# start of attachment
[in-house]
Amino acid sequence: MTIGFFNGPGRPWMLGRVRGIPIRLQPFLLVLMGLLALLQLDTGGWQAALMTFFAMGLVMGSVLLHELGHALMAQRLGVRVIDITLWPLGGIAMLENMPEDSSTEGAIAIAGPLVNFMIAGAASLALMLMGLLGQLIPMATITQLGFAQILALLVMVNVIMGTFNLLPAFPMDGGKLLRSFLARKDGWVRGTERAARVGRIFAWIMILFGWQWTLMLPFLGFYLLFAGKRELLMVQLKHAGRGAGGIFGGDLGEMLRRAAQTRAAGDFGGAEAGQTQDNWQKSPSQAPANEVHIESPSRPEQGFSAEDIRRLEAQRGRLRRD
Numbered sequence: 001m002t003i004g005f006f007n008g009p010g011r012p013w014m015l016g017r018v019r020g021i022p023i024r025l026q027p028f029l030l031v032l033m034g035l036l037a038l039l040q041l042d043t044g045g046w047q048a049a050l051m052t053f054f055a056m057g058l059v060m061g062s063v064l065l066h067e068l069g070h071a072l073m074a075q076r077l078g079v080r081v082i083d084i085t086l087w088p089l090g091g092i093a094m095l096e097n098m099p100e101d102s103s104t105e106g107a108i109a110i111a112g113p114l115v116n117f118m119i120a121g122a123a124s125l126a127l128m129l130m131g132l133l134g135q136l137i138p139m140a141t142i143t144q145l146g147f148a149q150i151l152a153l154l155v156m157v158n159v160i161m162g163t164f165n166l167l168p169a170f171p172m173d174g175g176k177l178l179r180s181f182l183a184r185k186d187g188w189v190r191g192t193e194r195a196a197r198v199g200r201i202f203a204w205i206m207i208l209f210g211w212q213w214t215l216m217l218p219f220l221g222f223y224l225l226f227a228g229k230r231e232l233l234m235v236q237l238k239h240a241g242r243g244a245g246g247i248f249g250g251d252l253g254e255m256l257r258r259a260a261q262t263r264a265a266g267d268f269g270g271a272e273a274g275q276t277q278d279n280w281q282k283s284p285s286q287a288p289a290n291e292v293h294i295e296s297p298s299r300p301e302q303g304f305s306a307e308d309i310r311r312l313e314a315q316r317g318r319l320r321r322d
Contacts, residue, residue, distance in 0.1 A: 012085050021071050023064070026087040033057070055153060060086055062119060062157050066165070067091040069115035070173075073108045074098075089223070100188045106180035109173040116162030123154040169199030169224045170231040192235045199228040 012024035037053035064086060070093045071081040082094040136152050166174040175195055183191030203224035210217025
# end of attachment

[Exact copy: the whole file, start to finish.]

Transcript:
[in-house]
Amino acid sequence: MTIGFFNGPGRPWMLGRVRGIPIRLQPFLLVLMGLLALLQLDTGGWQAALMTFFAMGLVMGSVLLHELGHALMAQRLGVRVIDITLWPLGGIAMLENMPEDSSTEGAIAIAGPLVNFMIAGAASLALMLMGLLGQLIPMATITQLGFAQILALLVMVNVIMGTFNLLPAFPMDGGKLLRSFLARKDGWVRGTERAARVGRIFAWIMILFGWQWTLMLPFLGFYLLFAGKRELLMVQLKHAGRGAGGIFGGDLGEMLRRAAQTRAAGDFGGAEAGQTQDNWQKSPSQAPANEVHIESPSRPEQGFSAEDIRRLEAQRGRLRRD
Numbered sequence: 001m002t003i004g005f006f007n008g009p010g011r012p013w014m015l016g017r018v019r020g021i022p023i024r025l026q027p028f029l030l031v032l033m034g035l036l037a038l039l040q041l042d043t044g045g046w047q048a049a050l051m052t053f054f055a056m057g058l059v060m061g062s063v064l065l066h067e068l069g070h071a072l073m074a075q076r077l078g079v080r081v082i083d084i085t086l087w088p089l090g091g092i093a094m095l096e097n098m099p100e101d102s103s104t105e106g107a108i109a110i111a112g113p114l115v116n117f118m119i120a121g122a123a124s125l126a127l128m129l130m131g132l133l134g135q136l137i138p139m140a141t142i143t144q145l146g147f148a149q150i151l152a153l154l155v156m157v158n159v160i161m162g163t164f165n166l167l168p169a170f171p172m173d174g175g176k177l178l179r180s181f182l183a184r185k186d187g188w189v190r191g192t193e194r195a196a197r198v199g200r201i202f203a204w205i206m207i208l209f210g211w212q213w214t215l216m217l218p219f220l221g222f223y224l225l226f227a228g229k230r231e232l233l234m235v236q237l238k239h240a241g242r243g244a245g246g247i248f249g250g251d252l253g254e255m256l257r258r259a260a261q262t263r264a265a266g267d268f269g270g271a272e273a274g275q276t277q278d279n280w281q282k283s284p285s286q287a288p289a290n291e292v293h294i295e296s297p298s299r300p301e302q303g304f305s306a307e308d309i310r311r312l313e314a315q316r317g318r319l320r321r322d
Contacts, residue, residue, distance in 0.1 A: 012085050021071050023064070026087040033057070055153060060086055062119060062157050066165070067091040069115035070173075073108045074098075089223070100188045106180035109173040116162030123154040169199030169224045170231040192235045199228040 012024035037053035064086060070093045071081040082094040136152050166174040175195055183191030203224035210217025